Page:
Commonwealth Cricket League
The American Cricket Federation would like to welcome its newest member, the Commonwealth Cricket League (CCL). Based in New York’s Van Cortlandt Park, CCL is the city’s largest with 2,000 players on 72 teams. Lesly Lowe is the league’s longtime president.

The league traces its roots back to the Commonwealth Cricket Club, which started playing in 1971 in the New York Cricket League, with later stints in the American Cricket League and the Eastern American Cricket Association.

In 1982 an application was made for a permit for the ‘Stables’ field and after much wrangling with the local Community Board and also the Parks Department, its first permit for a cricket field in New York City was granted.

CCL began its first season with six teams and one ground. Later, a team from another league that had played at Whitestone Park decided that they no longer wanted the field there, which was snatched up as “Pitch #2.” Then, a second pitch was laid at Whitestone and also at the Stables.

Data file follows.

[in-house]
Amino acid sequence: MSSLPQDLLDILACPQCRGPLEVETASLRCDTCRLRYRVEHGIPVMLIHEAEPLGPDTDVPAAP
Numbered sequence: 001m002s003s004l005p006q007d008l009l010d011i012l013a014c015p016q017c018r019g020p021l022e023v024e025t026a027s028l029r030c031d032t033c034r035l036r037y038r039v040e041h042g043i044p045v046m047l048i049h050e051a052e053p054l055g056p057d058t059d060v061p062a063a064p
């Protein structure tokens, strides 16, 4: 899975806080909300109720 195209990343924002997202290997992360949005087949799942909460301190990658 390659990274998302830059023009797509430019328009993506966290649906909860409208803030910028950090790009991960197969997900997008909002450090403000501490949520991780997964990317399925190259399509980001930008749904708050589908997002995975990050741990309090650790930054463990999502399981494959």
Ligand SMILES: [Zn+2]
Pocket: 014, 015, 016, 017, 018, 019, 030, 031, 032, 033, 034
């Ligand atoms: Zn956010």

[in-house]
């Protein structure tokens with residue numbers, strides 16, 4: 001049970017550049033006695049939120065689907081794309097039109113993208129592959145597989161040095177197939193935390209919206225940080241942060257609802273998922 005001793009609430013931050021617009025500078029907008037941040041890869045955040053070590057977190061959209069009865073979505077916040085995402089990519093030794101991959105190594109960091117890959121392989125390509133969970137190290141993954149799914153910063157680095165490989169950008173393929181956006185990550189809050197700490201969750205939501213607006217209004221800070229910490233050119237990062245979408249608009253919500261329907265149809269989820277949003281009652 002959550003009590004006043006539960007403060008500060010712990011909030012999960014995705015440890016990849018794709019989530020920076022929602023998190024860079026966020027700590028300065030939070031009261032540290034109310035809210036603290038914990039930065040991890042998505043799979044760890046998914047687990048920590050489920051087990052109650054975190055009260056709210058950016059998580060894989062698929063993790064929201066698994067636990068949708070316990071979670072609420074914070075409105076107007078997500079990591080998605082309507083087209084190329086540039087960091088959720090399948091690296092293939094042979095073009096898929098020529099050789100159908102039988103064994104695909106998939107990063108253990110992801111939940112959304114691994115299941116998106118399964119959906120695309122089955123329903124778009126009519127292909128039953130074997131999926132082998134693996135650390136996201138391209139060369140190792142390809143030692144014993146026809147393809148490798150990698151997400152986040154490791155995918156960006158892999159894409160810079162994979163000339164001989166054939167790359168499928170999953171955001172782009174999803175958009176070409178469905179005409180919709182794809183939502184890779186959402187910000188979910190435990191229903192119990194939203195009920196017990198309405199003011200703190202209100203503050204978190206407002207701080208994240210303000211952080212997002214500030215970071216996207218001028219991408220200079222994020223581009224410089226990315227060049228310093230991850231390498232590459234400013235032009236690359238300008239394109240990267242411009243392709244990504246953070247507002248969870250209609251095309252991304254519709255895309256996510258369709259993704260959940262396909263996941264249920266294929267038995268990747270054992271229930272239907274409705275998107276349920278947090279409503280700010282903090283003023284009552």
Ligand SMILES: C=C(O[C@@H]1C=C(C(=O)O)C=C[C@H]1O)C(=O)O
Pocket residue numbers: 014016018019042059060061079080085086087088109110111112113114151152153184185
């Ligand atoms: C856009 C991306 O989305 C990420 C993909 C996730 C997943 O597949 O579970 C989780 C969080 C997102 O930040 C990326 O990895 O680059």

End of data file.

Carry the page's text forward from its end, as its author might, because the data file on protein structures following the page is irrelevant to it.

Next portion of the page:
The Commonwealth Cricket League was on its way. During the 1990s, CCL made it to the Inter-League final 8 times. In the late 1990s, the New York Cricket Region introduced an Under-25 competition. The CCL team, captained by future USA captain Steve Massiah and coached by Tyrone Etwaroo and Kim Vieira, did not lose a single game in all four years that the tournament lasted.

Today, the CCL is one of the most diverse in the country, with more than 20 Pakistani teams plus teams from Guyana, India, Sri Lanka, Jamaica, Barbados and Trinidad.

“It is with great excitement and anticipation that Commonwealth Cricket League joins ACF,” said CCL president Lowe. “The ACF represents the future of cricket in America, and we are happy to be a part of that future.”

ACF CEO Jamie Harrison said, “We’re delighted to have a league as vibrant and prestigious as Commonwealth joining our ranks. This addition not only gives us a strong presence in the New York area, but also brings us thousands of cricketers closer to the ultimate ACF cause of uniting the game in America.”